Have you ever wondered about clean technology? Exactly what kind of amazing material would you have to use in order to create eco-friendly but sturdy furniture? It looks like this start-up has found the answer with mushrooms and it’s not just limited to furniture. Meet Mycoworks, a start company based in San Franciso, currently receiving funding and mentorship under Silicon Valley’s IndieBio start up accelerator program. They turn mycelium and agricultural byproducts into leather. This new kind of leather is grown rapidly from mycelium and agricultural byproducts in a carbon-negative process. I had the pleasure of interviewing the CEO, Dr Sophia Wang about Mycoworks.
How did the idea for your product come about? And how did this translate into a start up?
Our products – leather and solid foams grown from mycelium – were developed in response to explicit interest expressed by the automotive, footwear, and leather industries. We founded the company in order more effectively partner with the corporations that were interested in exploring applications for our technology in their products.
How do you see your clean technology products being used in the future?
This material technology could possibly serve industries ranging from aero-astro-automotive to biomedical and bioelectronic devices, as well as more immediately realizable applications in interior design, furniture and cabinetry, and footwear and fashion.
How much are the products/services priced at? How has the response been so far?
At commercial scale volumes, products made from this material technology will be competitive with or cheaper than conventional analogs. The inputs for this technology are low value, abundant byproducts of the agricultural, biofuel, lumber, green waste, and recycling industries, so raw material costs are plentiful and cheap.
The response has been highly enthusiastic: industries ranging from apparel and footwear to automotive and green building are very keen on integrating this material tech into their products.
What are the future plans for your company?
We are prototyping products made with our leathers and solid foams and working on scaling our operations to be able to meet the nearly endless demand for this material. We anticipate serving multiple industries in the future, but will focus on applications for our material as an alternative to conventional leather and polymer foams in the footwear and apparel industries.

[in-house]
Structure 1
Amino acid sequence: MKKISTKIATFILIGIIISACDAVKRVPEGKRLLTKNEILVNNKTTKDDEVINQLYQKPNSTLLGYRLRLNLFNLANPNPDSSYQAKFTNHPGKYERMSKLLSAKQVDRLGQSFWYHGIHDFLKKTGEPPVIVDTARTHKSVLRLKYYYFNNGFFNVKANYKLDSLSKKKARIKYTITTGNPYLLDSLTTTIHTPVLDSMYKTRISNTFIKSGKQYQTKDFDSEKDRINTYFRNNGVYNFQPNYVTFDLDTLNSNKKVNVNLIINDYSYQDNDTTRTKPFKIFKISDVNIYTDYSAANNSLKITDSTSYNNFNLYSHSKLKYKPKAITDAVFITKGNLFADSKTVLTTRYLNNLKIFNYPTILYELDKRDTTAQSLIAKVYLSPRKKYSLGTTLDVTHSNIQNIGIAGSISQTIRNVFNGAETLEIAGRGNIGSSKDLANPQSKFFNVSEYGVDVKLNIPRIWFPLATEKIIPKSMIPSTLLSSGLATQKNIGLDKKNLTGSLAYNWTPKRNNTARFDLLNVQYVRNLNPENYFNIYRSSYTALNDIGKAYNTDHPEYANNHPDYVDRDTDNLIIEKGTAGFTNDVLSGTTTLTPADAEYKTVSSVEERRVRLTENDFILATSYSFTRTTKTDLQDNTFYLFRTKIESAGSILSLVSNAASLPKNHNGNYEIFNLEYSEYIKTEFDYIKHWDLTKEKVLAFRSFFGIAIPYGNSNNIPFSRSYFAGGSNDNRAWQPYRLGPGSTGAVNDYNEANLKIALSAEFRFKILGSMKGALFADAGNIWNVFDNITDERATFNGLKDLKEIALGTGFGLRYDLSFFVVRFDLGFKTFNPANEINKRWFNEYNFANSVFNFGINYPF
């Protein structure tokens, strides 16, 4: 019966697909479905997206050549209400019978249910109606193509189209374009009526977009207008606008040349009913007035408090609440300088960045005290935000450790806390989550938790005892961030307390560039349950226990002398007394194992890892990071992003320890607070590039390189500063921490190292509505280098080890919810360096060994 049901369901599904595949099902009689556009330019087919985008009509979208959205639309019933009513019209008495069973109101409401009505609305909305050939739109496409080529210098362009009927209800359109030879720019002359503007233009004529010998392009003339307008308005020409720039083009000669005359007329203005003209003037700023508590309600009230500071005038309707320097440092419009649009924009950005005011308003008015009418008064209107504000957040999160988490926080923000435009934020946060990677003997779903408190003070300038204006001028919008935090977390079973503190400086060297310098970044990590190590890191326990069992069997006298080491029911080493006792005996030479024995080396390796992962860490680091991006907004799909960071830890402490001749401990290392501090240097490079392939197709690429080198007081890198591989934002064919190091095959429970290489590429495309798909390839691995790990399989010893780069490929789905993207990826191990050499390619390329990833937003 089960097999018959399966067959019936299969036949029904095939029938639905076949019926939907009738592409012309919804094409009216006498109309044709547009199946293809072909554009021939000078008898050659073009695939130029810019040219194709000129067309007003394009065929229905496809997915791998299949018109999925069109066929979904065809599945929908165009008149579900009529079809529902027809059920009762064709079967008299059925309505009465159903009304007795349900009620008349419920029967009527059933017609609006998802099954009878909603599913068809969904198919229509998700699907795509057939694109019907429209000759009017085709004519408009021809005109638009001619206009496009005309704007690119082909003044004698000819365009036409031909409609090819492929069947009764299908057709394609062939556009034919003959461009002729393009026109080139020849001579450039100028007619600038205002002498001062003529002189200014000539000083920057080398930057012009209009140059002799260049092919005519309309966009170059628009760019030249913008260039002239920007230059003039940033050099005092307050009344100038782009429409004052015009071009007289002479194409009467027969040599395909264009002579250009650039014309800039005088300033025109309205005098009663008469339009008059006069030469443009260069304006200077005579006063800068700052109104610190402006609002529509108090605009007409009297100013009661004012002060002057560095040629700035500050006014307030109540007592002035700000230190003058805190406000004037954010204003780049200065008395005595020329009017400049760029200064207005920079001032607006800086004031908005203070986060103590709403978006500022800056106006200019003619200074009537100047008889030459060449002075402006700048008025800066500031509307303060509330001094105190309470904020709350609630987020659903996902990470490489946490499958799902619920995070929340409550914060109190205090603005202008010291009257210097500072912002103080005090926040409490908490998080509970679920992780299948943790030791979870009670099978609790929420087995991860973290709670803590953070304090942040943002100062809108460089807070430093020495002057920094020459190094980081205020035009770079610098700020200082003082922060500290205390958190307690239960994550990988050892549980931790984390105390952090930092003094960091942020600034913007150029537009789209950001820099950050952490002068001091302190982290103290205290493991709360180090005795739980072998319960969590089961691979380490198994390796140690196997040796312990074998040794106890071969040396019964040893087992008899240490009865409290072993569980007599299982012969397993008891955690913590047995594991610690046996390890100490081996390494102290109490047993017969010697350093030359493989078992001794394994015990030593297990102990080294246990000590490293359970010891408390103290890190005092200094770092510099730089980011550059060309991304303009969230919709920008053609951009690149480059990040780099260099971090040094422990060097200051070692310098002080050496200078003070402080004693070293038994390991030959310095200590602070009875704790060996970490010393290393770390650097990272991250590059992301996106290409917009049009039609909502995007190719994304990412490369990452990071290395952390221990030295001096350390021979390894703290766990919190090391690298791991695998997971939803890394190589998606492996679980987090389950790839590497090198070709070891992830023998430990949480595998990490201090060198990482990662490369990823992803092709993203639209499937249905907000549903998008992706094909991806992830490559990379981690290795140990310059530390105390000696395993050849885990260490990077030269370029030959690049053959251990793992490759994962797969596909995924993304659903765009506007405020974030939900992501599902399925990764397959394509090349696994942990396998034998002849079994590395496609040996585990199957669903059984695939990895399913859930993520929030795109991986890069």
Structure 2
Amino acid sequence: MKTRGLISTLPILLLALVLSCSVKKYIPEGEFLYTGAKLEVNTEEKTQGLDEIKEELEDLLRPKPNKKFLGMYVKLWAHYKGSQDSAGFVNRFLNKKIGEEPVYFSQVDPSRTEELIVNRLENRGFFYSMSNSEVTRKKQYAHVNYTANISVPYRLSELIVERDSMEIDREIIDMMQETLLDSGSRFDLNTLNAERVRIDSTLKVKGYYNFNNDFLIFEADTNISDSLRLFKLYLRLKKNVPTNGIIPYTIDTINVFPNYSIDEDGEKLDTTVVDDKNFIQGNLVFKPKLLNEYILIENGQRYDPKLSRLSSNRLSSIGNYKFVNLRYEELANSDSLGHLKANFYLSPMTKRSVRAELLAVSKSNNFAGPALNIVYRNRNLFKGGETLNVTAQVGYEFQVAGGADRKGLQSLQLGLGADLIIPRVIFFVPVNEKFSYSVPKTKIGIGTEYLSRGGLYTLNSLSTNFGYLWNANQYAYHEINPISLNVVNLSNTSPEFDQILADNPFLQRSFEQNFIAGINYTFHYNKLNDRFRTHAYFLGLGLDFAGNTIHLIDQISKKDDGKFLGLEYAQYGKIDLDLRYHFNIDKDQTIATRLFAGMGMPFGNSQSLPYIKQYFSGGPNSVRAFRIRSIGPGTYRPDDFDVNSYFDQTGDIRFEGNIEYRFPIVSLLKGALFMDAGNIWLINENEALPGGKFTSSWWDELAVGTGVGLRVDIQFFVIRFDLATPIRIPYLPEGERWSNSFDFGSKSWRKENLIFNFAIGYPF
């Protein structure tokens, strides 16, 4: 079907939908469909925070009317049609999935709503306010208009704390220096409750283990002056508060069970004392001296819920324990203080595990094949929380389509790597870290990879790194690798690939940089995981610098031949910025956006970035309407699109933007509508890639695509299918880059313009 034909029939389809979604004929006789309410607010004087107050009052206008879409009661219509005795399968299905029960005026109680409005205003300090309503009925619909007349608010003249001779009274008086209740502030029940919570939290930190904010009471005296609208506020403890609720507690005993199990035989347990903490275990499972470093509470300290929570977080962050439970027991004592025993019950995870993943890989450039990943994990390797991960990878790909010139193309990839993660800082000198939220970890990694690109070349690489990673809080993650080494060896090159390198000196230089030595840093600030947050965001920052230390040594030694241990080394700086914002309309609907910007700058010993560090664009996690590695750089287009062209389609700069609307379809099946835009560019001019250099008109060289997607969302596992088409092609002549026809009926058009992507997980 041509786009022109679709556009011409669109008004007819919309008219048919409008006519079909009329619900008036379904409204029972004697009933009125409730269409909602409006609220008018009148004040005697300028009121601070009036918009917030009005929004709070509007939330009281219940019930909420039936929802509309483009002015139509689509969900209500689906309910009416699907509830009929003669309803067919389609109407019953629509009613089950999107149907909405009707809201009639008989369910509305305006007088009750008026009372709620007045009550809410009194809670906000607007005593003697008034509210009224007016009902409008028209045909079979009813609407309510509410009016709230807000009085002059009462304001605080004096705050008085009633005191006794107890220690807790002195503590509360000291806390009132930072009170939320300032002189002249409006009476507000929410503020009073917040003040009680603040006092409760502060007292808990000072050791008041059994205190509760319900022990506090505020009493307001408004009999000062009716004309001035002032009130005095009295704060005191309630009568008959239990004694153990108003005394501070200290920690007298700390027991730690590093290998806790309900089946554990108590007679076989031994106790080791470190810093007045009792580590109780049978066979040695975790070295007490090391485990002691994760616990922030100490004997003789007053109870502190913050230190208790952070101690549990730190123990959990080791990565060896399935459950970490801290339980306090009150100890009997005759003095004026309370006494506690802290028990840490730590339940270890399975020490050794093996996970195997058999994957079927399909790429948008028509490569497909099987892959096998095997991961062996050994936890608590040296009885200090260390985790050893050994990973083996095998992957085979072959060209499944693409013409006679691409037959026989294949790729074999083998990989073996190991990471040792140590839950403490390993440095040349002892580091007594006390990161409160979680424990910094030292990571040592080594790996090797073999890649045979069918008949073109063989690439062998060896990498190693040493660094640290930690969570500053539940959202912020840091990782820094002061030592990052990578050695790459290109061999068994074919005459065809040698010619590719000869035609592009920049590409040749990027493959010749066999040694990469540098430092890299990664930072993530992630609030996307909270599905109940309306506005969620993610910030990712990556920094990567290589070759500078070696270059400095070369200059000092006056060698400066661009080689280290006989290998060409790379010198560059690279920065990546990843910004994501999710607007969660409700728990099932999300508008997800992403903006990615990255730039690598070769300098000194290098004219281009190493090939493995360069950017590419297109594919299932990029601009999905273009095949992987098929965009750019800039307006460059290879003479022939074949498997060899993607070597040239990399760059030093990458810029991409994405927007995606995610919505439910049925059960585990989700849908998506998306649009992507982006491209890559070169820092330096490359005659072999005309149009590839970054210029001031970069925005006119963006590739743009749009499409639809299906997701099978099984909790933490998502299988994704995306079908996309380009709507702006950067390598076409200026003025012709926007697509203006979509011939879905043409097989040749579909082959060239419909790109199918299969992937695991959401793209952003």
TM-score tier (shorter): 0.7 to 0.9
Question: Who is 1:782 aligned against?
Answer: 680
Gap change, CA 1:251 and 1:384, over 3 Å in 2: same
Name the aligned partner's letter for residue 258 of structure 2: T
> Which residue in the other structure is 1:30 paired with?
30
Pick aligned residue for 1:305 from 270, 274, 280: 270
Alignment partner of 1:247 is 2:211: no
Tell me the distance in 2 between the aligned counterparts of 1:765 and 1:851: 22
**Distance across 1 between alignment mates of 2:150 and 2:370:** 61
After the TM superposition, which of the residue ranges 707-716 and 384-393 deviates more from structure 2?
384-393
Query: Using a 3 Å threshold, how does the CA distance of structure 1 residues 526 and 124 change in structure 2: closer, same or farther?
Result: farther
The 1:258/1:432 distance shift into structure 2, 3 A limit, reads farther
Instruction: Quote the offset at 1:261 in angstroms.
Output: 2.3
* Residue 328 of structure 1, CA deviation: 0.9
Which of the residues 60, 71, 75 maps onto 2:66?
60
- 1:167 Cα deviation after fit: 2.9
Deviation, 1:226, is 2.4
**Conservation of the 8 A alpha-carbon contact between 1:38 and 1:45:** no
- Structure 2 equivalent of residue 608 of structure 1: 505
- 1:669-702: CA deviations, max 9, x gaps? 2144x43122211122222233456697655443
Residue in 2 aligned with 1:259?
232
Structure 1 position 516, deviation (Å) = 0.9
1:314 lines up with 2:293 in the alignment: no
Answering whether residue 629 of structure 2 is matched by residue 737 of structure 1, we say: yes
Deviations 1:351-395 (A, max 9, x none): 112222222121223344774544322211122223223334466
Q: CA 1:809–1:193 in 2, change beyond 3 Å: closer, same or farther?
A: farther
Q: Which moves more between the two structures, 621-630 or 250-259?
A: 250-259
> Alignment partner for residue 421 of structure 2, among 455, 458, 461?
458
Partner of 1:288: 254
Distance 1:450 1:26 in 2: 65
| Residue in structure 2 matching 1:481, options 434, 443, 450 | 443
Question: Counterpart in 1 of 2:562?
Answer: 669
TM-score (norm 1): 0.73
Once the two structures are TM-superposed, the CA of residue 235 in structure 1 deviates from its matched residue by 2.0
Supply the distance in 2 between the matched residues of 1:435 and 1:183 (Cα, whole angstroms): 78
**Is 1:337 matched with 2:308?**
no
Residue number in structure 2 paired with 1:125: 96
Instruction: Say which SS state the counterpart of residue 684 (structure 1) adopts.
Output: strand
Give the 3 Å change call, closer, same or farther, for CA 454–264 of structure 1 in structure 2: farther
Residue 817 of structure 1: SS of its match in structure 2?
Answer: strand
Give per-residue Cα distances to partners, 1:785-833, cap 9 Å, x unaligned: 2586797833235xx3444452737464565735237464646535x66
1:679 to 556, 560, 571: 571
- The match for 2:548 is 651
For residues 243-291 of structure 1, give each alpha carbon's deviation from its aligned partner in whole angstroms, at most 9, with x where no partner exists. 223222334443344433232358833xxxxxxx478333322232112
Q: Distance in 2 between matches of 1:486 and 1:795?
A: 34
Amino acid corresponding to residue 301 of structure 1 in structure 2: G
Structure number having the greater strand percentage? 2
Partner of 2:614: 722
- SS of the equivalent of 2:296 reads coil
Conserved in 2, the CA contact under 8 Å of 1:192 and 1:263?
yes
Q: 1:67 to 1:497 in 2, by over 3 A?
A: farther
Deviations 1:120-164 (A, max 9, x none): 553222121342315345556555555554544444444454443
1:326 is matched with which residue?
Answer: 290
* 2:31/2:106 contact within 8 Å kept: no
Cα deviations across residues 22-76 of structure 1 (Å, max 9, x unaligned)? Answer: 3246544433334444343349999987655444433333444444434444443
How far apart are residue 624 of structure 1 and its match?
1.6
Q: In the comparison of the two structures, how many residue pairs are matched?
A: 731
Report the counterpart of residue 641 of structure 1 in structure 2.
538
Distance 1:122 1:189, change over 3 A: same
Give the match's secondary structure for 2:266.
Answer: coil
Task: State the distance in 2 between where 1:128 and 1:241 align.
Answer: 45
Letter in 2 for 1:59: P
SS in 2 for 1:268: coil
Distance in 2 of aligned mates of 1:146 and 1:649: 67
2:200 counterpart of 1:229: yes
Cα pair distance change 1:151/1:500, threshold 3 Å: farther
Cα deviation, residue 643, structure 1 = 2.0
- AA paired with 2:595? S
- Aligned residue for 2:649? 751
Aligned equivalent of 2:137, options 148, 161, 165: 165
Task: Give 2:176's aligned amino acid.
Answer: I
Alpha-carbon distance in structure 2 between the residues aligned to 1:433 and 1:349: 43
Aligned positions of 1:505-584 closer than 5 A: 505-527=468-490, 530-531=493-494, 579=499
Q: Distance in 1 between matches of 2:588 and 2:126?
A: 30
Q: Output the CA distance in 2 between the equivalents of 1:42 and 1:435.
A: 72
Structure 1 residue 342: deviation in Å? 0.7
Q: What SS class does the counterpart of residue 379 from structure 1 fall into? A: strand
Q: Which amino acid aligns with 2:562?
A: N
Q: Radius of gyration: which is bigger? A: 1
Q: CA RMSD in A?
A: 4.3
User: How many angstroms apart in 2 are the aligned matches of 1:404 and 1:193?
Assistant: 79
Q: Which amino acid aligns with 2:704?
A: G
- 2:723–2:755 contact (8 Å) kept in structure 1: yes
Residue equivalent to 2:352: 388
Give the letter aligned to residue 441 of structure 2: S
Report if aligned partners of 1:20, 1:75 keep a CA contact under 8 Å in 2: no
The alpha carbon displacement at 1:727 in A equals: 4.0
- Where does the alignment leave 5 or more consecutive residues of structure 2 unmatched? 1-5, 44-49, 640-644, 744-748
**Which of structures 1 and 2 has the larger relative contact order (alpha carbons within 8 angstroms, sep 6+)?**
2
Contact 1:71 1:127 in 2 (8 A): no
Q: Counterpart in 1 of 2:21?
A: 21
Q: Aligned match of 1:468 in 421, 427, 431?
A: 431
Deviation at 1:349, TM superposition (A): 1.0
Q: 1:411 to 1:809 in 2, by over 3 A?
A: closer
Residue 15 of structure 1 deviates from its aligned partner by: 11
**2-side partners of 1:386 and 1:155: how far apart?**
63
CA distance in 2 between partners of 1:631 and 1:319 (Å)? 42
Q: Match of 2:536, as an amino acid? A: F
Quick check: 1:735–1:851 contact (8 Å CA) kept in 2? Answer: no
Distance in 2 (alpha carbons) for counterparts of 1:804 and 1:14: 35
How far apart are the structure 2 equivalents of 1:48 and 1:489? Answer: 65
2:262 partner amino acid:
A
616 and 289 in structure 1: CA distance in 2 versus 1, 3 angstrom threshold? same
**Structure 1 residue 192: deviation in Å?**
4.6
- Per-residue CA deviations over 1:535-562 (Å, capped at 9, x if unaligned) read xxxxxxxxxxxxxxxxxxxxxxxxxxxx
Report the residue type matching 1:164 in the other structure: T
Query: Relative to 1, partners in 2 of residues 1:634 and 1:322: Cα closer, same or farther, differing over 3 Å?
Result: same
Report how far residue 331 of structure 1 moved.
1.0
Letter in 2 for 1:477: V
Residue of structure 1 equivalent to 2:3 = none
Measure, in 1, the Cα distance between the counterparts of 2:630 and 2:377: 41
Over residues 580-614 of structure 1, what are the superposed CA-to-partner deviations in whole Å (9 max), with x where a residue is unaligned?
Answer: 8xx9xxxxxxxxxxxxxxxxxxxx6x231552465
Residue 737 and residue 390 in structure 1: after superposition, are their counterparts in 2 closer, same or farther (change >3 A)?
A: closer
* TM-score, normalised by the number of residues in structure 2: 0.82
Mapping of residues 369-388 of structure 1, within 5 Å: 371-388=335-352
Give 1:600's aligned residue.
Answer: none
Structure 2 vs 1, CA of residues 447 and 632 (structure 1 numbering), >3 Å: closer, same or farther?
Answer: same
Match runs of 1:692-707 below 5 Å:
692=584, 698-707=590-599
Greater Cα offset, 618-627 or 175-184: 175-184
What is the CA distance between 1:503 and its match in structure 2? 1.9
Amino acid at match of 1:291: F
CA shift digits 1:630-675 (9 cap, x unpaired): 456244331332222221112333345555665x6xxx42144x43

What are your achievements so far?
We have been issued a process patent related to structural applications for mycelium composites and have received seed funding from the IndieBio accelerator program. Our materials and technology are currently being showcased in partnership with the ETH Zurich/Singapore-ETH as part of the Swiss Pavilion at the Venice Biennale of Architecture. Our institutional collaborators include Stanford’s School of Bioengineering and U.C. Berkeley, and we will soon be able to share the names of our commercial partners.
Any advice for biotech/healthcare startups? How has your startup journey been as a (co-)founder?
Phil and I both entered the world of biotech/biomaterials entrepreneurship by way of the arts and humanities (and Phil’s path also includes professional experience as a chef and folk knowledge of herbal/Traditional Chinese Medicine).
So my main observation is that visionary insights and contributions to the field of biotech might very well emerge from interdisciplinary thinking and training. I also think ethics and long-term thinking are crucial for young biotech/healthcare companies, because the work we are doing is for the betterment of human lives, care, and bodies, individually and as a collective, and for the landscape of resources we all share
Personally I find this one of the strong points of the start up, could you give a little more insight into the challenges of balancing this very noble cause and building a profitable company?
Basically this is based on a great model where we recycle plant or wood waste from other industries which is abundantly available so our basic needs such as resources are met and we are also very particular about our collaborations.
With every opportunity and partnership, especially when it involves commerce and funding, Phil, Eddie, and I check that the values on which we are building our company align with the opportunity at hand. How and why one contributes to the operations and enrichment of larger institutions and systems are important questions to answer.
For more information about Mycoworks do check them out at the following website (scroll down to check out their cool promo video!)
Philip Ross, CTO: Artist, inventor, and scholar who invented the field of mycotecture over 20 years ago when he began growing structures and forms using fungal mycelium. More background can be found via these press/video features: http://www.mycoworks.com/#press
Sophia Wang, PhD., CEO: Artist and scholar who began working with Phil in 2007 on projects at the intersection of design, biotechnology, and philosophy.
Holds a PhD in English from UC Berkeley on contemporary American experimental poetry and professional experience in fundraising, program management, performance, and curation.
Eddie Pavlu, MEEE (Master of Engineering/Electrical Engineering): Senior Advisor: entrepreneur and inventor with over 17 years of executive leadership; former President & CEO of Elliott Laboratories, which he led through successful acquisition by National Technical Systems, a publicly traded global testing company, where he served as Vice President of Operations.